Doctors and their supporters mass on State House

Associated Press
Thursday, January 22, 2004

More than 2,000 physicians and their supporters rallied outside the seat of state government Wednesday, calling on their legislators to reform insurance laws that are allowing medical malpractice premiums to become too expensive for them to afford.

"By God, today we're going to show we're not afraid to become engaged in the politics of medicine," Catherine Smoot-Haselnus, an ophthalmologist from Salisbury, shouted to her colleagues, raising cheers from the crowd. "We must recognize this rally just represents a massing of the troops. It is just the beginning." 

At the same time, a group of patients who have filed medical malpractice claims gathered in a legislative building next door to protest the call for liability caps. They were organized by the Center for Justice and Democracy, a patients' rights group that opposes award limits. The coalition argues that insurance rates are cyclical and won't be relieved by lower caps.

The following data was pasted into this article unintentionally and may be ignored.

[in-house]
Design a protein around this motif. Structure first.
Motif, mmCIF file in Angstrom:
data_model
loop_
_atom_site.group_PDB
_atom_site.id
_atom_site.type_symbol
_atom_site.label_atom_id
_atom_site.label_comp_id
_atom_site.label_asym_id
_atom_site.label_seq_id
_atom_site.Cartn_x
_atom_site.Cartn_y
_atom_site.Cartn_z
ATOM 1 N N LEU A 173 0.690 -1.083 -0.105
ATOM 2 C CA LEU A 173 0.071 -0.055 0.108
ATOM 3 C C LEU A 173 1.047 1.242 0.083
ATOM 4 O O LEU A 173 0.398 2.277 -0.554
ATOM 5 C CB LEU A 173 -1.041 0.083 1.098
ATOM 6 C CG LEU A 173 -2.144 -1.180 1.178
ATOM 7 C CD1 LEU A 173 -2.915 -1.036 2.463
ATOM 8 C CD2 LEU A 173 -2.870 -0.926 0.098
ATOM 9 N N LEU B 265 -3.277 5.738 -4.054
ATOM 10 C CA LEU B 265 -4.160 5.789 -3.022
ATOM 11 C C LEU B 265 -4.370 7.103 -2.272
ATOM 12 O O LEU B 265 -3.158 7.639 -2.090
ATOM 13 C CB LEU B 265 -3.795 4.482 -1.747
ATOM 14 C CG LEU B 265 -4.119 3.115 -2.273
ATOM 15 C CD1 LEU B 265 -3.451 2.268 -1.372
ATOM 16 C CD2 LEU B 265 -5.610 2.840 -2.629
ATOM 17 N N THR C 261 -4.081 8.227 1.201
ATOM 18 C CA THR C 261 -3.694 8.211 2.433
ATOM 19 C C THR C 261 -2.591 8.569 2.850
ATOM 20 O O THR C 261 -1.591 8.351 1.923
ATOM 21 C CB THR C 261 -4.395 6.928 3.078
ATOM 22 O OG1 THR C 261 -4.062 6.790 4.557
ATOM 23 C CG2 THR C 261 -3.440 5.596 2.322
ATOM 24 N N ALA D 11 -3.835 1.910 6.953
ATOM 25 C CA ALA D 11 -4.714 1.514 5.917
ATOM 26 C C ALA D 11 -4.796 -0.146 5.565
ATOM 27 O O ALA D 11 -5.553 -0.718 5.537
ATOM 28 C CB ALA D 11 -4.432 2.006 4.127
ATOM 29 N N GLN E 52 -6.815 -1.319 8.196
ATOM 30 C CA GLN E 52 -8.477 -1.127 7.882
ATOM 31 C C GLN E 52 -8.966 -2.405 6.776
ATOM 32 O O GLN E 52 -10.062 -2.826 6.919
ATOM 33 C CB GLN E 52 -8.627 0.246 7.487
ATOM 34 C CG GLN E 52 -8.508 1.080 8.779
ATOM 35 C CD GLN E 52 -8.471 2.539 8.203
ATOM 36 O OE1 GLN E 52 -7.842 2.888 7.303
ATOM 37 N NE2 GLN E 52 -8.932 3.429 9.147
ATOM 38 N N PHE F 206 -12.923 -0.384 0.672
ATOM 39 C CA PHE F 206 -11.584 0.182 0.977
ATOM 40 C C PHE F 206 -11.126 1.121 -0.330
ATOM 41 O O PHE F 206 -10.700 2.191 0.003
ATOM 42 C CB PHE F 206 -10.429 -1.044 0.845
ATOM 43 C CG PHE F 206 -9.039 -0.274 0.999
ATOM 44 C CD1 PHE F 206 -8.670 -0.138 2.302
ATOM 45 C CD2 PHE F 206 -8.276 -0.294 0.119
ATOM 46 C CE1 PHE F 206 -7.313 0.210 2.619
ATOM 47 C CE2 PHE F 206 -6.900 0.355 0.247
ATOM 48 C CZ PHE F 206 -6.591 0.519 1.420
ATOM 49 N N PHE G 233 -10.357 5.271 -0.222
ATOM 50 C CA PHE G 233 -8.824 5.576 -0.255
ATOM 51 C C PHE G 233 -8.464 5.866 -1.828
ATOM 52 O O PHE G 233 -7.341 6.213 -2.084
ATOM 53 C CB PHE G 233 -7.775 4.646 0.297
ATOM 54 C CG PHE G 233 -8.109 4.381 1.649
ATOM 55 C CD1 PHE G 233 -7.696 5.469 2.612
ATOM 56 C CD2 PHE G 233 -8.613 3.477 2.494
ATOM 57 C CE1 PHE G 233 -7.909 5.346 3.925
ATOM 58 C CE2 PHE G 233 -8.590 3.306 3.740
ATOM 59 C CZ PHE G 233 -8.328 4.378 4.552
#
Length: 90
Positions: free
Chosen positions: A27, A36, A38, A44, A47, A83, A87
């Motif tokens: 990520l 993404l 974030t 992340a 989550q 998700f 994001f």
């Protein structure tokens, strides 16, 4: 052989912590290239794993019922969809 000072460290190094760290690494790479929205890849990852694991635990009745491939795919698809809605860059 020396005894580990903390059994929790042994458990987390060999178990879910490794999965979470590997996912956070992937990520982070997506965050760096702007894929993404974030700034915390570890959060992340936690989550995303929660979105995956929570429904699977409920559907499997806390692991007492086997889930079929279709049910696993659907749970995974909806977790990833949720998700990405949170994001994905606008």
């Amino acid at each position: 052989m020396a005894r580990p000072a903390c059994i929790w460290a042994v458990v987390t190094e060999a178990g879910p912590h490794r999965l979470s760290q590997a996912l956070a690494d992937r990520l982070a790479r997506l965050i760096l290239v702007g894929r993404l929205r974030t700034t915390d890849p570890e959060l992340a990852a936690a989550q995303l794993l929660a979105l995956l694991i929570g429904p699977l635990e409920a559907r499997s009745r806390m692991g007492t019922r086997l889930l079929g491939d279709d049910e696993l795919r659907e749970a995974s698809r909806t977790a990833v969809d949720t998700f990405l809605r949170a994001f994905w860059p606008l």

Limiting the awards would make doctors less accountable, said Mark Cohen, who recently filed a suit when his 2-year-old daughter died after an apparent medical error at Johns Hopkins Hospital.

"If you limit the caps, you are going to create a climate for medical mistakes to thrive," Cohen told fellow patients and news reporters. "There won't be any incentive to practice safe medicine."
For a copy of the complete article, contact CJ&D.

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